The Basque words are: sartu "go in, enter",  jalgi, elki, urten, irten, ater "go out", igan "climb, ascend",  jaitsi, beheratu "descend", kendu "to remove oneself", the last of which is obviously connected with Lolo kenda, Ngala, Kele kende "go". Basque jalgi relates to Bangi, Lolo, Ngala, Poto, Kele ya, Swahili ja. For Basque jalgi, elki compare Lolo kita, Swahili fita "arrive".

Basque sartu "go in", Niger-Congo ta "to go", Likpe to "to go", Avatime ta "to go", Numu ta "to go", Vai ta "to go", Gbe ta "to go", Boko ta "to go", Bantu tamba "to go" (with ba "go"). Basque amaitu "to go", may be from Niger-Congo ma "to finish, to leave off", or from Niger-Congo ba "come".

Basque egokitu "to go" and egoki izan "to go" are related to Niger-Congo kua "to go" and kua "leg, foot", the latter of which sometimes has a voiced labiovelar which would give Basque k. The ki may be from Niger-Congo gi "to go", Bantu γia "to go", where Meinhof's γ represents a labiovelar.

Basque hil "kill" or "die", Niger-Congo ku "kill" or "die", Ewe ku "to die", ku "death",

Tschi ku-m, ku "to kill", Afema ku "to kill", Mekabo ku "to kill", Gwa ku "to die", Kyama ku "to die", Newole ku "to die", Grebo ku "demon, departed spirit", ku tu "dead body", kw-e "to die", Yoruba ku "to die", Okpoto ku "to die", Igara ku "to die", Nupe eku "carcass", Igbo ku "to die", Edo ku "to kill", Dujku ki "death", Bowili eku "death", Kpossi iku "death", Lefana kpi "to kill", Santrokofi kpi "to kill", Akpafu kpi "to kill", Mossi kia "to die", Dagomba kpi "to kill", Dagarti, Birifo, Gba, Lobi, Djan k'i (< kui) "to die", Tobote kpi "to kill", Gurma ukpi "death".  Basque also has an adjective hil "dead". The use of the same word for "kill" and "death" in both Basque and Niger-Congo is significant, as is the occurrence of the vowel i in Westermann's II Benue-Cross (only Djuku), III Togo Remnant, and IV Gur. The phonetic development with i is most well-established in Gur dialects, which may be an indication of where Basque split off from Niger-Congo. Compare however the following example.

Basque lo (egin etc.) "sleep", Niger-Congo la "to lie, to sleep", Tschi da "to lie, to sleep", Guang da "to lie", Igbo la "to sleep", Mfut da "sleep", Yala la "sleep", Likpe da "to sleep", Lefana le "to sleep", Kpossi le "to sleep", Bulom lol  "to sleep", Krim lo "to sleep", Kissi lo "to sleep". Bulom, Krim, and Kissi belong to the West Atlantic Group and are therefore particularly relevant. This word appears not to occur in Westermann's Group VI, Mande (Mandingo). 

Basque esan "to say", Niger-Congo ta "to say, to tell", Ewe ta "to tell", Nupe ta "to tell", Igbo ta "to talk, to tell story", ita "proverb story", Edo ta "to say", Effik tan "to speak", Dagomba tohe, toγe "to speak", Atjulo ta "to say", tare "to speak", otare "word", Tschala tage "to speak", Temne tan "to promise, tell", Bantu teta "to speak". The change of t to s is common in Niger-Congo.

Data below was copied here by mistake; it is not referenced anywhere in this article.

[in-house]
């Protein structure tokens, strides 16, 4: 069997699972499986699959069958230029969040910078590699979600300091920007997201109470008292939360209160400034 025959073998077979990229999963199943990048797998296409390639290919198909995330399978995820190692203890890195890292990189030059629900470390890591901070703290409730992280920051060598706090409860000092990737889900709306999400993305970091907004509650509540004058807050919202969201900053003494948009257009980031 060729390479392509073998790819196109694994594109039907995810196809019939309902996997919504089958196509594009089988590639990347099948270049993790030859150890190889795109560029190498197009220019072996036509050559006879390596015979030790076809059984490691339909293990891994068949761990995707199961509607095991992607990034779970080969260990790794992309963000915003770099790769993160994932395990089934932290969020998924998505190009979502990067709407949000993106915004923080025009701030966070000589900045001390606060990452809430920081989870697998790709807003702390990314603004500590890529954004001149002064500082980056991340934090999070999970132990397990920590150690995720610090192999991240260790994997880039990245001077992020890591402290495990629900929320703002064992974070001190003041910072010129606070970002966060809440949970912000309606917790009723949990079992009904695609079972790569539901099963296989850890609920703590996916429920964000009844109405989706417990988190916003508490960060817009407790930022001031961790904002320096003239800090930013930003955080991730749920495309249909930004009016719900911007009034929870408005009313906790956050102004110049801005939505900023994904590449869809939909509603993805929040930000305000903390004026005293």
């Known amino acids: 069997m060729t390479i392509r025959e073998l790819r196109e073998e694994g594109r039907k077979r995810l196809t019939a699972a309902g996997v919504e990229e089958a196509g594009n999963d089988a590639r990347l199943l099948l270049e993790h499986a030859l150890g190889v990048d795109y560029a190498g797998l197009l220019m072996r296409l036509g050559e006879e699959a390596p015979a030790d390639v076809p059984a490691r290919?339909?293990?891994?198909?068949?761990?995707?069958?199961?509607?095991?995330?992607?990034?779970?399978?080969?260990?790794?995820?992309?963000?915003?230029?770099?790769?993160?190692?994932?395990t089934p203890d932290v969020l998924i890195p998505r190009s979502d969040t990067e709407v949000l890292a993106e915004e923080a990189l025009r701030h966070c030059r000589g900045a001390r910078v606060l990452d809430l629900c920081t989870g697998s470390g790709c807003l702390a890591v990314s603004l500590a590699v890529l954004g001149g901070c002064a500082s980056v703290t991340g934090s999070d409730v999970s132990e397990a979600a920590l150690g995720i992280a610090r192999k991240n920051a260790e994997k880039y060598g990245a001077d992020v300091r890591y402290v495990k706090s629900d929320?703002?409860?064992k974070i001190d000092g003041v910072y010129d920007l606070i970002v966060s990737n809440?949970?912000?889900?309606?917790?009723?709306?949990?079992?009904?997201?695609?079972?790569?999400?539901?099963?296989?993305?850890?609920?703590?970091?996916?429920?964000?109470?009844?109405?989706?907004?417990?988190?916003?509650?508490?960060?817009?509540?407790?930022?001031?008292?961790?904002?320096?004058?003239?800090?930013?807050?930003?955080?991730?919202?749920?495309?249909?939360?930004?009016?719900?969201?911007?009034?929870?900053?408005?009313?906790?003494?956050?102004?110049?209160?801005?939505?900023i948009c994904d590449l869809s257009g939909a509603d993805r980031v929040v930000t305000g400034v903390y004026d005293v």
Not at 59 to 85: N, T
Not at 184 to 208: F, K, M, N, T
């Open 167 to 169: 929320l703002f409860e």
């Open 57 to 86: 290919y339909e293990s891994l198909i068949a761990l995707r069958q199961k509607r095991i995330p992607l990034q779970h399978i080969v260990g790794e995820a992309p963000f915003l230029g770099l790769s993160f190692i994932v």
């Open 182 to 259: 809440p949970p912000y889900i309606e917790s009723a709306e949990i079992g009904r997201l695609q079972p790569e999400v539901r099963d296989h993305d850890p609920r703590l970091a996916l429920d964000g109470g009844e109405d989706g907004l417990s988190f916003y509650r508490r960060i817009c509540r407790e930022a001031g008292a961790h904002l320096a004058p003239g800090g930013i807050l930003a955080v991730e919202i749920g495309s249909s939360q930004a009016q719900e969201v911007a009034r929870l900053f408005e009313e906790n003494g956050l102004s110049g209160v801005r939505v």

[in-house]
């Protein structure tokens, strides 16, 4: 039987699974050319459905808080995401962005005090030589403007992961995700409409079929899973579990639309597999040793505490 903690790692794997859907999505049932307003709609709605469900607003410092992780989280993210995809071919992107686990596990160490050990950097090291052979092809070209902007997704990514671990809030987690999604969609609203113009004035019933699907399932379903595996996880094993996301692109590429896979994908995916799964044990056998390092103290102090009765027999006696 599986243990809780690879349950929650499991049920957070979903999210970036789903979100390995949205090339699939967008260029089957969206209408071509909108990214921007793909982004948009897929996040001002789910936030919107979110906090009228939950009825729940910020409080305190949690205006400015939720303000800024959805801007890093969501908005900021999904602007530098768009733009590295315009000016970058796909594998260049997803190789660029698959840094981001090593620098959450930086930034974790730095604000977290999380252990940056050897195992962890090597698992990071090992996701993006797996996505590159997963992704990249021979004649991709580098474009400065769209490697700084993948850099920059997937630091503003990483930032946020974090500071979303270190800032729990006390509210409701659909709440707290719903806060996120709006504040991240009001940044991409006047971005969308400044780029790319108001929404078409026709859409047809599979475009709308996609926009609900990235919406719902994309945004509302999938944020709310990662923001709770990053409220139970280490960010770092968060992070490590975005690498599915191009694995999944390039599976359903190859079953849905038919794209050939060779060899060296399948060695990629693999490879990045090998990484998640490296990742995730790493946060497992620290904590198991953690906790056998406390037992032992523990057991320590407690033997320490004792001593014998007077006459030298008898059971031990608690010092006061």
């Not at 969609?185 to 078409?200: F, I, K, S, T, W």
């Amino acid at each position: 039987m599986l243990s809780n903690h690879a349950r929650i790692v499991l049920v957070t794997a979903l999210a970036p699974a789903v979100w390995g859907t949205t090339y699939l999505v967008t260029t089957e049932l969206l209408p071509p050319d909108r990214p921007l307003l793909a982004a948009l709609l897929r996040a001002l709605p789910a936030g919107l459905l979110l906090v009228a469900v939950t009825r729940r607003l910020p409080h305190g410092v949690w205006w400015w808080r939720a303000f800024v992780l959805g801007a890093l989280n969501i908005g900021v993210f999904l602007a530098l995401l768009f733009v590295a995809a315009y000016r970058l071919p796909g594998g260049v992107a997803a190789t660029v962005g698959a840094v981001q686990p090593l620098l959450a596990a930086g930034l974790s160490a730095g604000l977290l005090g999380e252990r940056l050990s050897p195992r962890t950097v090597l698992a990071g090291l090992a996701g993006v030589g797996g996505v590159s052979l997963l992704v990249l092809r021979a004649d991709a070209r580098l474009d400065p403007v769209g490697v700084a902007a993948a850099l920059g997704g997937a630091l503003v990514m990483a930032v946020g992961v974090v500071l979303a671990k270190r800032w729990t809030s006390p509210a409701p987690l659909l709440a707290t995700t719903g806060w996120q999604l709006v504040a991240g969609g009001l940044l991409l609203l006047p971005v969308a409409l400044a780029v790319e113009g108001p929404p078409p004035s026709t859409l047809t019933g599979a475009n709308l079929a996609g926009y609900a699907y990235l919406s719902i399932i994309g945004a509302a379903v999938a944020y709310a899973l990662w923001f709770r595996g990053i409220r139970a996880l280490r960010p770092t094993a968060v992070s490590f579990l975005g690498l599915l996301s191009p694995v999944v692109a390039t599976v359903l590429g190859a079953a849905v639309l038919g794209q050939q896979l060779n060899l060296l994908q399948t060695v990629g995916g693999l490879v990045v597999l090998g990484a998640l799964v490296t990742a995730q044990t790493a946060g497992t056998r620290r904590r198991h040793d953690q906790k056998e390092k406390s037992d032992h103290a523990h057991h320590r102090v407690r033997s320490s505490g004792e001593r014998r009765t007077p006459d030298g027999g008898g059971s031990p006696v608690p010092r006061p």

Basque esan also means "to give", Niger-Congo ta "to give", Alaging ta "to give", Yoruba ta lo re "to give a gift", Logba ta "to give", Likpe te "to give", Lefana ta, to "to give", Santrokofi ta "to give". As in the previous example gives s. This word also means "to leave" in Temne, Ewe etc. It may be related to the Niger-Congo word for "hand" ta, sa and to the Niger-Congo word "to be accustomed".

Basque eman also means "to give", however. This may be related to Niger-Congo na "to give", Ewe na "to give", Guang ne "to give", Obutu na "to give", Kukuruku na "to give", Tivi na "to give" etc. There is a problem regarding Niger-Congo m, which tends to be secondary. Pre-Basque is thought to have had N  (fortis) and n (lenis). That is n > m.

Basque eduki "to have", Niger-Congo tu, ti "to take", Guang tu, tsu "to take", Avatime tu, tuku "to take", Nyangbo tuku "to take", Santrokofi tuka "to take", Ahlo tu "to take", Mossi tukia "to take", Adjukru tsu "to take", Bantu tuala "to take".

Note that PWN THU "carry" (on head) may be related. Likpe has tsi "to take" with an s as in Guang and Adjukru. This suggests an original Niger-Congo aspirate, which appears to be responsible for the d of Basque.

Basque aditu "to hear", Niger-Congo tie "to hear", Ewe se "to hear", Tschi tie "to hear", also tse "to hear", Zema de "to hear", Mekabo te "to hear", Abe tye "to hear", Abikan se "to hear". Compare also PWN THUI, THU  "ear" . The Niger-Congo sound *th appears as Basque d, as in the previous example.

Basque words for "eat and drink" are jan and edari respectively. These both come from Niger-Congo lia, dia "to eat", which is also used of drinking. In Basque the two words have diverged and developed separately.

For jan "eat", compare Kwa dji "to eat", Yoruba and Okpoto dzhe "to eat", Kpossi dji "to eat", Tobote dji "to eat", Gurma dje "to eat", Gola dze "to eat", Adjukru dzhi "to eat", Bozo dye "to eat". These words show the basis for the development di > dj > j as in Basque.

The word for "drink", edari in Basque, shows a different development with suppression of the i vowel after d. Compare Efik dia "eat", udia "food", Anang dia "to eat", Akpafu de "to eat" Kussasi de "to eat", Tschala adia "victuals", Gurma dje "to eat", Temne dia "to eat with", Bola de "to eat", Bozo dye "to eat". There may be influence from Niger-Congo lum "bite", Guang don "to bite", Animere do "to bite", Susssu do "to eat". The ending ri occurs in a number of Basque verbs, e.g. erori "to fall".